(Bursera odorata) Copal is a white, pale yellow or yellowish-orange gum resin. When smoldered on charcoal it produces a rich, delicious, piney-lemony fragrance. Copal is North America's equivalent of Frankincense. While it lacks some of frankincense's bittersweet odor, it is a fine substitute. When frankincense if left smoldering on charcoal for some time it eventually emits a very bitter scent. Copal, however, never varies as it burns. It is native to Mexico and Central America, and has been used as incense in religious and magical ceremonies for untold hundreds of years, beginning, perhaps, with the Mayans or even prior to the days of that fables people.

Copal The finest copal is a pale to dark yellow color with an intense resinous-citrus odor. It is usually sold in chunks and may contain leaf fragments.

Parts Used: Resin

Magical Uses: Burn for protection; cleansing; purification; to promote spirituality; and to purify quartz crystals and other stones before use in magic. May be substituted for Frankincense. A piece of copal may be used as the heart in poppets.


Add to love and purification incenses. Also the heart may be represented by a piece of Copal.

Cowslip
(Primula veris) Also known as Arthritica, Artetyke, Buckles, Cuy, Drelip, Fairy Cup, Frauenschlussel, Herb Peter, Key Flower, Key of Heaven, Lady's Key, Lippe, Our Lady's Keys, Paigle, Paralysio, Password, Peggle, Plumrocks.

Magickal Uses: Cowslip has the powers to heal, retain youth, and help you to find treasure. If you wish to avoid visitors, place a piece of cowslip beneath your front porch and they will leave you in peace. To preserve your youth or regain it when lost, wear the herb.

Cowslip is believed to increase one's attractiveness. It also brings an increase in one's romantic appeal and helps bring about internal changes which can stimulate the energy to attract that special partner.

Cowslip
Many rural people hold this herbe as sacred. The flowers are gathered an hung over the doorway to bring protection. This is an excellent herbe for increasing one's skills at keeping a mental focus whilst sustaining concentration during any ritual work.

he leaf and flower are used in an ointment for wrinkles, acne, freckles and other skin problems. Cowslip is held sacred to Freya.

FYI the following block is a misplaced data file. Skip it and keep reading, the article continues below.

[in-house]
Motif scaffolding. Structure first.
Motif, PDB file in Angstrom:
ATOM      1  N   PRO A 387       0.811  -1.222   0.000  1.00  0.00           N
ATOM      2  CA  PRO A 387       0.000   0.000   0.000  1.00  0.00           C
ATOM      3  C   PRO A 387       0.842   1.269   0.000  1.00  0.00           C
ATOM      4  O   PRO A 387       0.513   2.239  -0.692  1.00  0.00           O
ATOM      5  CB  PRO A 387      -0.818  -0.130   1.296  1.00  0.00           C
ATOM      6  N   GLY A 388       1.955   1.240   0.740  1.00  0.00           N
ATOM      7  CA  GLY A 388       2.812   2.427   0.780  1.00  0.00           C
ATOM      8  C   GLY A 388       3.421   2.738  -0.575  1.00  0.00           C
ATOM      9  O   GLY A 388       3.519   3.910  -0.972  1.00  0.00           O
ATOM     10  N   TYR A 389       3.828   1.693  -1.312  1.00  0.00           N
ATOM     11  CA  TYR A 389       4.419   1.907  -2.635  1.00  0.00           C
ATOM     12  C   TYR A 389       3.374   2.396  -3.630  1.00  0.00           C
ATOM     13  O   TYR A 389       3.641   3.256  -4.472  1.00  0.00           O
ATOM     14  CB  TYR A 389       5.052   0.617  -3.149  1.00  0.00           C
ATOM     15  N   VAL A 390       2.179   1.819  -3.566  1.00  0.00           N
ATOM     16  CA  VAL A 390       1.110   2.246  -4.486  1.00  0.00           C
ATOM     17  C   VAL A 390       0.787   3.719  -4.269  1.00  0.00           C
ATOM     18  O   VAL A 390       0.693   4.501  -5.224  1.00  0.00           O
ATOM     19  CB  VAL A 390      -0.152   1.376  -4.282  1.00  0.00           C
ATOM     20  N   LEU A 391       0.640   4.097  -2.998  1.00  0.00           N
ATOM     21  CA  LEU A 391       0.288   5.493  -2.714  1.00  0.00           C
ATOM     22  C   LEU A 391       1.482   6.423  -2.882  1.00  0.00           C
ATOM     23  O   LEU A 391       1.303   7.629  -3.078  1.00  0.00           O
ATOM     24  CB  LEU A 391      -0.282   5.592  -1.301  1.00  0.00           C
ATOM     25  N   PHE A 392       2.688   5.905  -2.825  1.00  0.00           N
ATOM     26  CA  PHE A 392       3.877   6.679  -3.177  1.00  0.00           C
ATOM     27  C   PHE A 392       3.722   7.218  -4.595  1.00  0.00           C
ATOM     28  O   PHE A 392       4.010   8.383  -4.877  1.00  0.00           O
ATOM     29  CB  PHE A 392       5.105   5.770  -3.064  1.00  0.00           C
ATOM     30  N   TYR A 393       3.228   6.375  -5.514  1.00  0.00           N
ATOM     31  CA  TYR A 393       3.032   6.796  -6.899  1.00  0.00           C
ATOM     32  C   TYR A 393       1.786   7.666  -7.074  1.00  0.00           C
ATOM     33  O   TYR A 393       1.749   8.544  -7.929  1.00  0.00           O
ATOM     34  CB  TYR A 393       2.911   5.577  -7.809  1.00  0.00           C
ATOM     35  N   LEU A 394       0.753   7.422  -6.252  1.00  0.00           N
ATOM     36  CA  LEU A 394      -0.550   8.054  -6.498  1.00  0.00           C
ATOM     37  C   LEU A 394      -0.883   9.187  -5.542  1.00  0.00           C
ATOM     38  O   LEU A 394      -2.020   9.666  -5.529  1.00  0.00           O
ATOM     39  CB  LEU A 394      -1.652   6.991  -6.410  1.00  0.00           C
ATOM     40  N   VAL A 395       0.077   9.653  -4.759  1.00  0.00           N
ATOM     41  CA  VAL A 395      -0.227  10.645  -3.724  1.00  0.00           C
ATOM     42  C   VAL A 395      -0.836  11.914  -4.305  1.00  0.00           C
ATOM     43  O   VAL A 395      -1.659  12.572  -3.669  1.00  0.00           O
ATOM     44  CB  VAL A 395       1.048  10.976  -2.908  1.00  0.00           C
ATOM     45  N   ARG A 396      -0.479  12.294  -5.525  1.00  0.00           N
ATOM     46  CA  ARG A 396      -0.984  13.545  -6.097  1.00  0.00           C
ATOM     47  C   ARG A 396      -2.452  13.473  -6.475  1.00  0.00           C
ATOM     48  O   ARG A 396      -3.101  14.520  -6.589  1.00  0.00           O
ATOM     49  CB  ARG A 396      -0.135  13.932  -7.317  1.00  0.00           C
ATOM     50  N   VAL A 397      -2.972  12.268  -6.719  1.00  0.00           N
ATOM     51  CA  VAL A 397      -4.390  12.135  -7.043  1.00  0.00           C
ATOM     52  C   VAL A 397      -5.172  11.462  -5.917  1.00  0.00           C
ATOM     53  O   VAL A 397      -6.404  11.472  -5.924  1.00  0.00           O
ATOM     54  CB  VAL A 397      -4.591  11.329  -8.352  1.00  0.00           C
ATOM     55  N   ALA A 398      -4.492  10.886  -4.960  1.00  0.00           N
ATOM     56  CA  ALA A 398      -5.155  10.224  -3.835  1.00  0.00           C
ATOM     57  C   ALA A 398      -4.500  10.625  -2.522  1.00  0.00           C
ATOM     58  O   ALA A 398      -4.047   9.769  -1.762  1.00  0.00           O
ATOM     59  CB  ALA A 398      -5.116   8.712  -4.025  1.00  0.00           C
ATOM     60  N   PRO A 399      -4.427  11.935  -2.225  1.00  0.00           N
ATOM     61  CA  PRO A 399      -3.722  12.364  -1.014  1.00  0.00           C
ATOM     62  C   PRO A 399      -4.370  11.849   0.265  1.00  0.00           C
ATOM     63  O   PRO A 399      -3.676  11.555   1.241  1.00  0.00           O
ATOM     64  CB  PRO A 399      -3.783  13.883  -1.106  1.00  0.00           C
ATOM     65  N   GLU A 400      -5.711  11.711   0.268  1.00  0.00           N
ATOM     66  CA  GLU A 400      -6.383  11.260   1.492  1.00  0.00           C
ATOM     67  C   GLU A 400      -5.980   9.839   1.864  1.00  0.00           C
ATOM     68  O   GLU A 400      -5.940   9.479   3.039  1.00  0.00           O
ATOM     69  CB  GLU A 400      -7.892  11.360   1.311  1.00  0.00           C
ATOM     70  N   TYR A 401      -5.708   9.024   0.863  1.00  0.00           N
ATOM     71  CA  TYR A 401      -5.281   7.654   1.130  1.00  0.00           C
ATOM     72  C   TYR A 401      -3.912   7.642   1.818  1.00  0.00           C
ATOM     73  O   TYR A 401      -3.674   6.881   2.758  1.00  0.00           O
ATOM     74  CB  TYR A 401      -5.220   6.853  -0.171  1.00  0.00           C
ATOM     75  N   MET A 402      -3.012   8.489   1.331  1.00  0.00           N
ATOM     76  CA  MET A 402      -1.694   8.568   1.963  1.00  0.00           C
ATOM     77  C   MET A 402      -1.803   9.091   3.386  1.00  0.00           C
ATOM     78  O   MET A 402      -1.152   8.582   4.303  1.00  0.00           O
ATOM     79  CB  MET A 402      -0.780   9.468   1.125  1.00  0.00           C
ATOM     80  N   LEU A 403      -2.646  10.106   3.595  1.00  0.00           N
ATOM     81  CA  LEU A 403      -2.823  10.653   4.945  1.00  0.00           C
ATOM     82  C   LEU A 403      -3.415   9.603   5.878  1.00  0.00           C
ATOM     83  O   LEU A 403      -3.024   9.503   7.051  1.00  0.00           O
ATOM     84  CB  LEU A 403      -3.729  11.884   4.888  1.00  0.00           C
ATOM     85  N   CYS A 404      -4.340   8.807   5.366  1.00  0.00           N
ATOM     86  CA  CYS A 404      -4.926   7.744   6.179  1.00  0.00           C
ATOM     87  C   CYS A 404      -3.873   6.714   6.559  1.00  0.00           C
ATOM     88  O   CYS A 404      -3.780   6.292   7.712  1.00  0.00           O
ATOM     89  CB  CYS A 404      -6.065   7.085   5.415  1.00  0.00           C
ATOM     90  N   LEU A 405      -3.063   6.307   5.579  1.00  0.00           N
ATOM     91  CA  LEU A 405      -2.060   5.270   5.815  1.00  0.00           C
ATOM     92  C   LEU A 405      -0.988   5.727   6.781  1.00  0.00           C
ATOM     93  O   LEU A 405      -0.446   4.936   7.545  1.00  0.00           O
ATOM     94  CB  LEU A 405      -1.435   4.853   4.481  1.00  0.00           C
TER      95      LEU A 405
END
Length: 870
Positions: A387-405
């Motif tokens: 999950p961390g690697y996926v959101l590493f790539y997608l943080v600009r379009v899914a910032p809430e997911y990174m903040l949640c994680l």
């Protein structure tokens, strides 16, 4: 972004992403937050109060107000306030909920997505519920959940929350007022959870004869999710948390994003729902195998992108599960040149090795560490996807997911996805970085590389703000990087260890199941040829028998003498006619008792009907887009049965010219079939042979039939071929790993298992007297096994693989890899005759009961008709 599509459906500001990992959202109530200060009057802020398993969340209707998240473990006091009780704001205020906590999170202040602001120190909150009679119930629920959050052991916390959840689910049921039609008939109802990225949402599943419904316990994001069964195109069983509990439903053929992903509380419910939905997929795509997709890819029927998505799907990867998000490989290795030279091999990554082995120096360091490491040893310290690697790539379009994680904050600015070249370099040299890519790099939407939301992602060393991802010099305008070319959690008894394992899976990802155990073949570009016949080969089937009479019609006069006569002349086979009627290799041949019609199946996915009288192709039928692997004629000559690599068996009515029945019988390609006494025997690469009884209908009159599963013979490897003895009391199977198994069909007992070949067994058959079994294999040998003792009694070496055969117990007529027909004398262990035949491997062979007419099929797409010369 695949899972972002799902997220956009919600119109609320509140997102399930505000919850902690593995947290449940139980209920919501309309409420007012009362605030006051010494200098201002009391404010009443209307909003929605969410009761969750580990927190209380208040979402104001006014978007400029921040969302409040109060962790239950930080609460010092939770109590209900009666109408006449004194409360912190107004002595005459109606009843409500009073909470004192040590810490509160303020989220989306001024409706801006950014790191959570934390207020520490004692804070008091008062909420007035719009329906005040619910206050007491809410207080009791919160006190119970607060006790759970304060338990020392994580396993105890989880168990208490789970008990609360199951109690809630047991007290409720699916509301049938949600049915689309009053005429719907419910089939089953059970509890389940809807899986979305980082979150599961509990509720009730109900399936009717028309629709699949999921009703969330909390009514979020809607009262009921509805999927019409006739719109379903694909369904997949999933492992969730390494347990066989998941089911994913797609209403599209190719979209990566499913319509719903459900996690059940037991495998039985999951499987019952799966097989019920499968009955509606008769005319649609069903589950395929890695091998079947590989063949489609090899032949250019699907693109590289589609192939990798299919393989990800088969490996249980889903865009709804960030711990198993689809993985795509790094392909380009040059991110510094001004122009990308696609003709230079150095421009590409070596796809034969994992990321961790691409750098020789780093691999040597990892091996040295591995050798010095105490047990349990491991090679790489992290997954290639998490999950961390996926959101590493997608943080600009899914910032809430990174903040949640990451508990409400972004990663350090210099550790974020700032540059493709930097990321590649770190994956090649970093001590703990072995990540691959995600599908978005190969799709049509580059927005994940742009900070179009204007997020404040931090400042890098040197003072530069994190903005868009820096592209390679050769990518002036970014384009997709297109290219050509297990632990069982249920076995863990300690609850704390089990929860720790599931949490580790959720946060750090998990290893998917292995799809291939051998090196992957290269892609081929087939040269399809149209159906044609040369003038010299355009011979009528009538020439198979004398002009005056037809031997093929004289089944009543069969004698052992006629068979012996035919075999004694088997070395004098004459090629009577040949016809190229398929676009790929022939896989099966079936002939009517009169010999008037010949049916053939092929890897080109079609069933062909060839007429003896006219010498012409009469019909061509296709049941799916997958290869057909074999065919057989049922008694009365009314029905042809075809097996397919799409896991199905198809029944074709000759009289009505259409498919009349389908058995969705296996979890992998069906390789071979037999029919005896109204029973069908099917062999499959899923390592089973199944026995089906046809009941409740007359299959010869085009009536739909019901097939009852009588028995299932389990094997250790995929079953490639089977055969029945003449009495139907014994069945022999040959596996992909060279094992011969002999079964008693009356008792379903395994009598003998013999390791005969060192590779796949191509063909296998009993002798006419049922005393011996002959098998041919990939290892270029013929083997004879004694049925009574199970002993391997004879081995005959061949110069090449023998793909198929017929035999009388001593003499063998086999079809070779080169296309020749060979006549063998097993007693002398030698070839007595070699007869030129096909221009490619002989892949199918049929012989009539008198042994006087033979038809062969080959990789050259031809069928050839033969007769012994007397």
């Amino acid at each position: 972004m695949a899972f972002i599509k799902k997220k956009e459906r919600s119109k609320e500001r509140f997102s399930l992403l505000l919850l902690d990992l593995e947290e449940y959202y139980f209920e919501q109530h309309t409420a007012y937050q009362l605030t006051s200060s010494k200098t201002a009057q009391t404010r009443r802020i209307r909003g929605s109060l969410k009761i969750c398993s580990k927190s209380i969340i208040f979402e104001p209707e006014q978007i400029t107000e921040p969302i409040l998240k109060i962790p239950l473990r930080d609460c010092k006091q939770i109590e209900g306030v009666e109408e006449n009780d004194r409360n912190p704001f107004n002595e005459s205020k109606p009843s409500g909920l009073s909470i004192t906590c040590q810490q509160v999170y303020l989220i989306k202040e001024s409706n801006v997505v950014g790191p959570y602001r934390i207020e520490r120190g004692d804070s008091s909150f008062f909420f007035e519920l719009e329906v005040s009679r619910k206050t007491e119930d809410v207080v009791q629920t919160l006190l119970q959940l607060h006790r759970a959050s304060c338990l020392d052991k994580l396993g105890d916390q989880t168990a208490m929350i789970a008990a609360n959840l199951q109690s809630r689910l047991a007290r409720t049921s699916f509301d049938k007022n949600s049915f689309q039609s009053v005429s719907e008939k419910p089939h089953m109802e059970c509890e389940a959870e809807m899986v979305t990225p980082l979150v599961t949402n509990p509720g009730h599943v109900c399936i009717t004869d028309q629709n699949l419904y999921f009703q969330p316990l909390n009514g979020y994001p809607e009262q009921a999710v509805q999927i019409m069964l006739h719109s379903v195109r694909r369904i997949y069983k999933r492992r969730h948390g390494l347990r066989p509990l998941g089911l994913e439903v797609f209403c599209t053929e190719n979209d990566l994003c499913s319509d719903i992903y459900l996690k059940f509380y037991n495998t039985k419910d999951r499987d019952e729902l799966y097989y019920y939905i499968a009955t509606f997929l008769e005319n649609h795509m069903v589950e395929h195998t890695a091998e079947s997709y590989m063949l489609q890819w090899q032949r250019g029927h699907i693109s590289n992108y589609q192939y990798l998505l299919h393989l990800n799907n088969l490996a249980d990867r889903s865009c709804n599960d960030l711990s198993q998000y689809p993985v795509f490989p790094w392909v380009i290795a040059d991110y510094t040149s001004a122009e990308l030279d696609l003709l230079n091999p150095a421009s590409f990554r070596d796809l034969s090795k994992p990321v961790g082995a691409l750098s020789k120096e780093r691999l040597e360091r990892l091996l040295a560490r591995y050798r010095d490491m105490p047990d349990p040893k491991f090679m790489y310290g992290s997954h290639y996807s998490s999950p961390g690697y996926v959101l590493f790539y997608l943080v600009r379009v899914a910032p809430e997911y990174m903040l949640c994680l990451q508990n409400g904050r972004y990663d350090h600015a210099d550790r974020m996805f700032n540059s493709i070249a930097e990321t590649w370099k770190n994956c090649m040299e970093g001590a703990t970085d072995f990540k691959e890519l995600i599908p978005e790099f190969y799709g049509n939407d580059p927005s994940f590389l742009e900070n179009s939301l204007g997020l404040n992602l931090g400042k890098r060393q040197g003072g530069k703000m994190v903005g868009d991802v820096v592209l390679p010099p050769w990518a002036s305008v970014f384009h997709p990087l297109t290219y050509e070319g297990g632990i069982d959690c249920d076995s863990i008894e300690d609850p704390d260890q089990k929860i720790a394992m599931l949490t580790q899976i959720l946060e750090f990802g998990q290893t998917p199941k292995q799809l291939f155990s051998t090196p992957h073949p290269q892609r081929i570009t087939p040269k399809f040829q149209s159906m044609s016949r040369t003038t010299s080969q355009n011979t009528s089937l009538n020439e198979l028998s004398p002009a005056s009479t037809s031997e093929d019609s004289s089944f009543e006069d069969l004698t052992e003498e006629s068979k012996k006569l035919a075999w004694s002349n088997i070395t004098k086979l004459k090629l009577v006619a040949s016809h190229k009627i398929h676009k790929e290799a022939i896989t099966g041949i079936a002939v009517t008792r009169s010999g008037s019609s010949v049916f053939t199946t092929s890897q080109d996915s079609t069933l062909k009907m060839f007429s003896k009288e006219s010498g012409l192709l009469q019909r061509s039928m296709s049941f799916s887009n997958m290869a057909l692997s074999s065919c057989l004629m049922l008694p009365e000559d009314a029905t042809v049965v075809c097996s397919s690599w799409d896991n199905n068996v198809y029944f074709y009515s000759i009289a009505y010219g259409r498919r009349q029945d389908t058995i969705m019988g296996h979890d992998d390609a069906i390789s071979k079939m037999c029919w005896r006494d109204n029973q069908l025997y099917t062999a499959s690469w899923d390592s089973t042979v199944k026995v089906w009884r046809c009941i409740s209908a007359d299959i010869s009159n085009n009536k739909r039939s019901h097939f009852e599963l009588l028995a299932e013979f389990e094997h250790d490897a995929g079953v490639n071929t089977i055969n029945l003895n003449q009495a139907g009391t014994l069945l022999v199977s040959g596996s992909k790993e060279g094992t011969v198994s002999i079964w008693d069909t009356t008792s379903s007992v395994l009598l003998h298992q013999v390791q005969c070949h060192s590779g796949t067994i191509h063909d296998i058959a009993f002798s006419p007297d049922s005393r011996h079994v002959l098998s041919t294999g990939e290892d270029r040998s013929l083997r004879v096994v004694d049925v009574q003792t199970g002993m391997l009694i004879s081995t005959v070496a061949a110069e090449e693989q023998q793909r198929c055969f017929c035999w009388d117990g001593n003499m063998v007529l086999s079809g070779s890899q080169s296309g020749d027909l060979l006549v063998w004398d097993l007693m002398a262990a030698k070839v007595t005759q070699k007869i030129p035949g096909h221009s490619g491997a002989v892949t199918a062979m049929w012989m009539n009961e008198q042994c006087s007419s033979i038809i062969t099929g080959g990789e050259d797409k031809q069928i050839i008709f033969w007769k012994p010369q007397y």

Cypress . . . .
Cypress
(Cupressus sempervirens) Also known as Tree of Death. Cypress is a mystical tree that is usually found either growing directly in water, or very close to it. The Minoans spread a cult form Crete to Cyprus that worshipped the cypress as a divine symbol. It was used to make coffins in ancient Egypt.

Parts Used: Leaf, twigs, fruit, bark, wood, resin and essential oil.

Magical Uses: Use at times of crisis, especially at the death of a friend or family member. When worn to funerals it eases the mind and alleviates grief. Throw a sprig into the grave to bestow luck and love in the hereafter. As a symbol of eternity and immortality, it is worn to lengthen life. To make a healing wand, slowly cut, over a three-month period, a branch. The root and cones are also healing, as is the greenery when dried and used as incense. The wand may also be used in invocations to the Gods.

Used in ritual fires to consecrate ritual tools in it's smoke. Cypress might be used by those who wish to establish a bonding with their familiars which is capable of being carried into the next reincarnation.

Cypress bark, dried and powdered, makes a superior incense for those who work with the magick of the legendary King Stag of the forest. The bark could be collected and woven into a breechcloth to be worn when running as the stag.

The Cypress is one of the trees considered sacred to Hades.



A B C D E F G H I J K L M N O P Q R S T U V W X Y Z

This page is © and is not to be reprinted in whole or part anywhere else on the internet.
BACK TO MAIN PAGE